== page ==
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Old 06-17-2018, 09:06 AM   #21
RichmondPiper
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Default Re: Chanter reed issues, going from low to high elevation

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Originally Posted by Pppiper View Post
..... but what a nightmare. EVERY reed became rather unstable .. lots of squeaks and squaks, and also loud burbles on many notes, especially low G, and often on E and C. In general, if I was really, really careful with pressure, I might avoid the burbling, but it felt like trying to under-blow a practice chanter.

Almost no chanter/reed combo would produce c-natural and/or fnatural ... I either needed to switch those tunes into major, or tape down the holes and try to remember to play normal fingering (because if you play the cross-fingered on a heavily taped down note, the chanter will nearly cut out)...

... And whenever I got a reed to work passably, it would be misbehaving a couple hours later for the next show. So I was tinkering and futzing around....
Much to the chagrin of visiting pipers, this was standard stuff in Johannesburg where I learned my piping and led a band One learned to live with it but there always was a lot of footling around due the the combination of altitude (6,000 feet) and lack of humidity. For us, traveling to compete at sea level was always a boon. Not only our pipes, but our cars also went better there.

In really dry weather we would run small amounts of water into the bags to help. And then off course every now and again there would be an overcast day or even a rainy one and that played havoc with our pipes which were set up for dry conditions.

There is no simple solution for this particularly if it's not an everyday thing but only an issue when you visit. The advent of synthetic done reeds has helped enormously and also synthetic bags without much moisture control (maybe remove yours during the visit). For the duration of a short visit, the best advice is to probably set the chanter a bit flatter than usual and ensure that there is a bit of moisture in the bag.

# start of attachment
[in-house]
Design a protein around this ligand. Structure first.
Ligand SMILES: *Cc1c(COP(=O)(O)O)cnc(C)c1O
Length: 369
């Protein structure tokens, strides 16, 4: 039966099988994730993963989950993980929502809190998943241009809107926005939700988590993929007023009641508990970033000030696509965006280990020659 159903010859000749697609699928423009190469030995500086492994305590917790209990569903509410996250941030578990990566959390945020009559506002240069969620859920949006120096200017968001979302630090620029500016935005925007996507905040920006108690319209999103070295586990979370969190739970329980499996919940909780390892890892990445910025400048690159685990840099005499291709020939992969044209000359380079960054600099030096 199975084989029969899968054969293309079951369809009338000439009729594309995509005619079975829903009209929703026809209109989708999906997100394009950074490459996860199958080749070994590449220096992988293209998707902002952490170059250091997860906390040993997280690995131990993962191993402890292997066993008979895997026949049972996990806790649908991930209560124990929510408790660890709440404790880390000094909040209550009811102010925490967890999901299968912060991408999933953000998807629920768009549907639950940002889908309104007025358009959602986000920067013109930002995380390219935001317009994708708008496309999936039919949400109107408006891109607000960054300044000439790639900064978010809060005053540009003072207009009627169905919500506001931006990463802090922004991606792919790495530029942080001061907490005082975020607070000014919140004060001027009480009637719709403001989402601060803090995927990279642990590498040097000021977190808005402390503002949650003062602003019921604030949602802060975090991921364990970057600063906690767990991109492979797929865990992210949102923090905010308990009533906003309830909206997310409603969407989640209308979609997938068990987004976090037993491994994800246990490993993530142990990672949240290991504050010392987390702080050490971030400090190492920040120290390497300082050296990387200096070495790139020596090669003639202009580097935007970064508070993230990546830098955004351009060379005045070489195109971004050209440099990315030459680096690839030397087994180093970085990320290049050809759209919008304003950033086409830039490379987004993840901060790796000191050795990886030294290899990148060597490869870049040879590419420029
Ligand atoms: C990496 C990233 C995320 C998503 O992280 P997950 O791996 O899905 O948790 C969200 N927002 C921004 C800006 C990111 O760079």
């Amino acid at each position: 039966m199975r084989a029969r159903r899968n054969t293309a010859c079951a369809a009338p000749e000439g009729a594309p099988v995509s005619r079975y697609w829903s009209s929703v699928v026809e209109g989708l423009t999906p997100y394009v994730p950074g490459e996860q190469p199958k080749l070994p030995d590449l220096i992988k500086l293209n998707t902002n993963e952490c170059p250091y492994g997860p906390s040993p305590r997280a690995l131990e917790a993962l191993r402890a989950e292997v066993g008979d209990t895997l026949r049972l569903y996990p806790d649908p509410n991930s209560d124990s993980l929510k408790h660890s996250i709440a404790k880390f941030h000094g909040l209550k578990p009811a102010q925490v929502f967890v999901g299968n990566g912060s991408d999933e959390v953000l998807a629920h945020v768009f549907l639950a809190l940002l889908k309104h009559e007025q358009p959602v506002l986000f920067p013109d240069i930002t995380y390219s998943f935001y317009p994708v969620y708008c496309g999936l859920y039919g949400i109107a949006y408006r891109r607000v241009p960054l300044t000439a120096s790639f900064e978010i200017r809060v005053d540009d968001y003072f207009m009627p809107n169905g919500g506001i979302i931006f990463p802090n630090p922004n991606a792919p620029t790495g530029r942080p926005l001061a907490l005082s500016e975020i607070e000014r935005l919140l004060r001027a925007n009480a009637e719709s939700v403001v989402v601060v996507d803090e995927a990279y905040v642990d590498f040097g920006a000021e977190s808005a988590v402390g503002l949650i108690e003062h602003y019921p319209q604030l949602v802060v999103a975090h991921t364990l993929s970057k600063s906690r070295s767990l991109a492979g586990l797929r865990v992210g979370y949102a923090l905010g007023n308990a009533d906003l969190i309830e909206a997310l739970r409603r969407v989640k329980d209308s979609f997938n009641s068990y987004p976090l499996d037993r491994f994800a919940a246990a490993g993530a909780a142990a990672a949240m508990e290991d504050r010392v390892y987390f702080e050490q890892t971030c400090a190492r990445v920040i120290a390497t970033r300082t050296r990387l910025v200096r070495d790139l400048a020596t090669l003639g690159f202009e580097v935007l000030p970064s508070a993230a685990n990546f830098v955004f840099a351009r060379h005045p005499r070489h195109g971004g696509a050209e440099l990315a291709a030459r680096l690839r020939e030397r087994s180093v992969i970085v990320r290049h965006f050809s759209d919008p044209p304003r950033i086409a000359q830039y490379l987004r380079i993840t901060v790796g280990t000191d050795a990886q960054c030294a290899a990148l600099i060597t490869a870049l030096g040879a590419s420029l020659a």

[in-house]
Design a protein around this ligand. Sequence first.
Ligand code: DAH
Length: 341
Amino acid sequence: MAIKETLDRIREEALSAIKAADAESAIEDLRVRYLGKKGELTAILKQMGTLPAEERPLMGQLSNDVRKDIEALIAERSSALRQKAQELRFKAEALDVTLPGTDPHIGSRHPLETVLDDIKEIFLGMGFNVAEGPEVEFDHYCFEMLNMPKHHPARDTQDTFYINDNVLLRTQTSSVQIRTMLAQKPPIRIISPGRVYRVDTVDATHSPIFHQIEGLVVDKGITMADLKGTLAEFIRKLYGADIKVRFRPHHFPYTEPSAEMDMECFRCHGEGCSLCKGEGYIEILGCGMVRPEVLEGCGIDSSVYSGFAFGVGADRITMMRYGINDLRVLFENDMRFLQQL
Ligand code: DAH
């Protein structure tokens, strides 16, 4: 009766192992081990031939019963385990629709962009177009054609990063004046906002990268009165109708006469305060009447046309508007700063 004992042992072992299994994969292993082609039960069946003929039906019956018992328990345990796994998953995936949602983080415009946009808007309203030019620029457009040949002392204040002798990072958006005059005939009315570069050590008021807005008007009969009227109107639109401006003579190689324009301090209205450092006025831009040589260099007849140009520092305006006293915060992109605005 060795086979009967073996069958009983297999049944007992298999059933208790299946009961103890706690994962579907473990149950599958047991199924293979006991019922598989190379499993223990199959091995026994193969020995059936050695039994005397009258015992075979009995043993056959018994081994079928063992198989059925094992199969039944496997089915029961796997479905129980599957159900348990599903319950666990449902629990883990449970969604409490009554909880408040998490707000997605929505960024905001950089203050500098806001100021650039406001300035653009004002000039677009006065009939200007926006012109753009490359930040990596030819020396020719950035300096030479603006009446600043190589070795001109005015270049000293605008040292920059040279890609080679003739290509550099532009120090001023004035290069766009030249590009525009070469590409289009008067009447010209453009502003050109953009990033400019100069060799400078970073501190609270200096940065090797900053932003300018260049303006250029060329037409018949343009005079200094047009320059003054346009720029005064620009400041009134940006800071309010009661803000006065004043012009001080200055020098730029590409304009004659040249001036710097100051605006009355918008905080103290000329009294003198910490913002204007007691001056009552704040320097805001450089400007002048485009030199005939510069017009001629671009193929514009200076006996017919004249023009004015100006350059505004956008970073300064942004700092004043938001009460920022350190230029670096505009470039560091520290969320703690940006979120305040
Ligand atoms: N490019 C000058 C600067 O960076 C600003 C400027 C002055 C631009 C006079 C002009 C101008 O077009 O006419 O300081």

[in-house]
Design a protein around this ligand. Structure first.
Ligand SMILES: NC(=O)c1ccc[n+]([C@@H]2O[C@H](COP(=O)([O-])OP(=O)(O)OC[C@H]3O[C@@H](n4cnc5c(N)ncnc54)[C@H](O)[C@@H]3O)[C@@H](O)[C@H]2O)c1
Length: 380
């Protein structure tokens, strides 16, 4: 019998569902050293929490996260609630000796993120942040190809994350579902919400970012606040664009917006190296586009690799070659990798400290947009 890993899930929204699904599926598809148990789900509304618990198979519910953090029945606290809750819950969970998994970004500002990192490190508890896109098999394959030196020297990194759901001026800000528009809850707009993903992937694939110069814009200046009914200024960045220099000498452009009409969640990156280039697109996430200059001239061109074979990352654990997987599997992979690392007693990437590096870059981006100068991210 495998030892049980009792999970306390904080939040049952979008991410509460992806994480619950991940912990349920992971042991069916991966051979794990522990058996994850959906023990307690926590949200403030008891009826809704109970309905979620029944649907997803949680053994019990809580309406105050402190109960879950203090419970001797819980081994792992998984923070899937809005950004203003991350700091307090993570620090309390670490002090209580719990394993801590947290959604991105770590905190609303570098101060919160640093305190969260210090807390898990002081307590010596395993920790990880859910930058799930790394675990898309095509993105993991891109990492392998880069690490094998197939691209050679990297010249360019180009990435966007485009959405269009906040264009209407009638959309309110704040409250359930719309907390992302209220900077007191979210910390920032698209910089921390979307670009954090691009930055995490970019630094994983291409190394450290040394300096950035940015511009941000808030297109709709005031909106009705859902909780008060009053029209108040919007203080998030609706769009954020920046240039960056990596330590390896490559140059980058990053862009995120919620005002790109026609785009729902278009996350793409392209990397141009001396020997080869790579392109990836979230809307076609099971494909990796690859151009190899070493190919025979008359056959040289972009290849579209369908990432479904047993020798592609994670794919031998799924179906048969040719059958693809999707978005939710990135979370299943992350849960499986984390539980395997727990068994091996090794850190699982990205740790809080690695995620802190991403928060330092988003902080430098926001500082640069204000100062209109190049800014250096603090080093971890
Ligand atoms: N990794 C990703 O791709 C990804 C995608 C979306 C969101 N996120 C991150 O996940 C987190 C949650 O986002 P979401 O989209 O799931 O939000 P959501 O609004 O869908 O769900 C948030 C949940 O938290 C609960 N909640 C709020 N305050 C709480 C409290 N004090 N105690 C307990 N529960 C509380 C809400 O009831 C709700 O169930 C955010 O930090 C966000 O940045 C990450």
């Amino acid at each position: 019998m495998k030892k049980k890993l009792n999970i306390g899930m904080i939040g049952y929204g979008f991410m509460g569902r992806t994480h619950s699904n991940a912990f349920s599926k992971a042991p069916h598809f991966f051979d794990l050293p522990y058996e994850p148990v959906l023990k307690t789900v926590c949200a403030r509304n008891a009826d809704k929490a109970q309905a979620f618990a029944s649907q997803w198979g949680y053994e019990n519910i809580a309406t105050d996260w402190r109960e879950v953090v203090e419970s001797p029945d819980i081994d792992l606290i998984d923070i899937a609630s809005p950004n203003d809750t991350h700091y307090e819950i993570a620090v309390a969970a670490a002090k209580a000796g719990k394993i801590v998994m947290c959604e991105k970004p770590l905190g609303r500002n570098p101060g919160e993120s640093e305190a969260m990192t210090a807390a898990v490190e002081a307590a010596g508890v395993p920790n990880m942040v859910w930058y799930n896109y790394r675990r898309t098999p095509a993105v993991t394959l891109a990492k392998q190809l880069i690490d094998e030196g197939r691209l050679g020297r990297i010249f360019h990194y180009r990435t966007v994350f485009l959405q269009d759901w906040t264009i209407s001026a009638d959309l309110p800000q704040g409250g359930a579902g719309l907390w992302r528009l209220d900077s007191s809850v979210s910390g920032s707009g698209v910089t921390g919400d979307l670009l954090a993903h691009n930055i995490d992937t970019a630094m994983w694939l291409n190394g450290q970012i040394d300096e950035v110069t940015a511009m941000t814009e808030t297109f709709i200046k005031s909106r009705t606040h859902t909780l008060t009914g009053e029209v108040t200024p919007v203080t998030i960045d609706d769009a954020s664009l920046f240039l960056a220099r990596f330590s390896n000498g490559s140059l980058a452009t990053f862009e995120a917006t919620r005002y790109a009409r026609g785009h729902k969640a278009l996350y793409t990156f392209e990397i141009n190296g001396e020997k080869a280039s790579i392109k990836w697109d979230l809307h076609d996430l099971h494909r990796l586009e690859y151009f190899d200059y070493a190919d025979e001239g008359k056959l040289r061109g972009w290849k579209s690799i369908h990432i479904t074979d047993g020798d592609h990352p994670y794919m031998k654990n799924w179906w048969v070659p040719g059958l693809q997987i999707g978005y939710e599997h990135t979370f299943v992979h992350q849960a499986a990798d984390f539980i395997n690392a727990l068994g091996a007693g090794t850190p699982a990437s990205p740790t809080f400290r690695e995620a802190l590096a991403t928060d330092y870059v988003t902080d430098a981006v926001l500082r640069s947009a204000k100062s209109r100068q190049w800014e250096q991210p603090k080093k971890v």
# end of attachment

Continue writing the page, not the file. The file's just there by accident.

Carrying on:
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Old 06-17-2018, 02:50 PM   #22
Pppiper
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Default Re: Chanter reed issues, going from low to high elevation

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Originally Posted by RichmondPiper View Post
Much to the chagrin of visiting pipers, this was standard stuff in Johannesburg where I learned my piping and led a band One learned to live with it but there always was a lot of footling around due the the combination of altitude (6,000 feet) and lack of humidity. For us, traveling to compete at sea level was always a boon. Not only our pipes, but our cars also went better there.



In really dry weather we would run small amounts of water into the bags to help. And then off course every now and again there would be an overcast day or even a rainy one and that played havoc with our pipes which were set up for dry conditions.



There is no simple solution for this particularly if it's not an everyday thing but only an issue when you visit. The advent of synthetic done reeds has helped enormously and also synthetic bags without much moisture control (maybe remove yours during the visit). For the duration of a short visit, the best advice is to probably set the chanter a bit flatter than usual and ensure that there is a bit of moisture in the bag.


This is great. Thank you!
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Old 07-17-2018, 06:54 PM   #23
DamhCabrachPiping
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Default Re: Chanter reed issues, going from low to high elevation

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So I had a gig this past weekend in South Lake Tahoe. I had two chanters with me (I try to always have a backup with me, with a 2nd reed ready to go), and more than a dozen other new reeds (most of these were Shepherd, but I also happened to have a Husk or two, and a Melvin or two).

I live right next to the water near Boston, Mass ... and as far as I'm aware, the elevation up in South Lake Tahoe was more than 6,000 ft. I believe that's the highest elevation I've ever been. I've heard tales of bagpipes having issues at various elevations, but I kind of figured that if I had a couple of chanters and bunch of reeds, I should be able to get by without issue.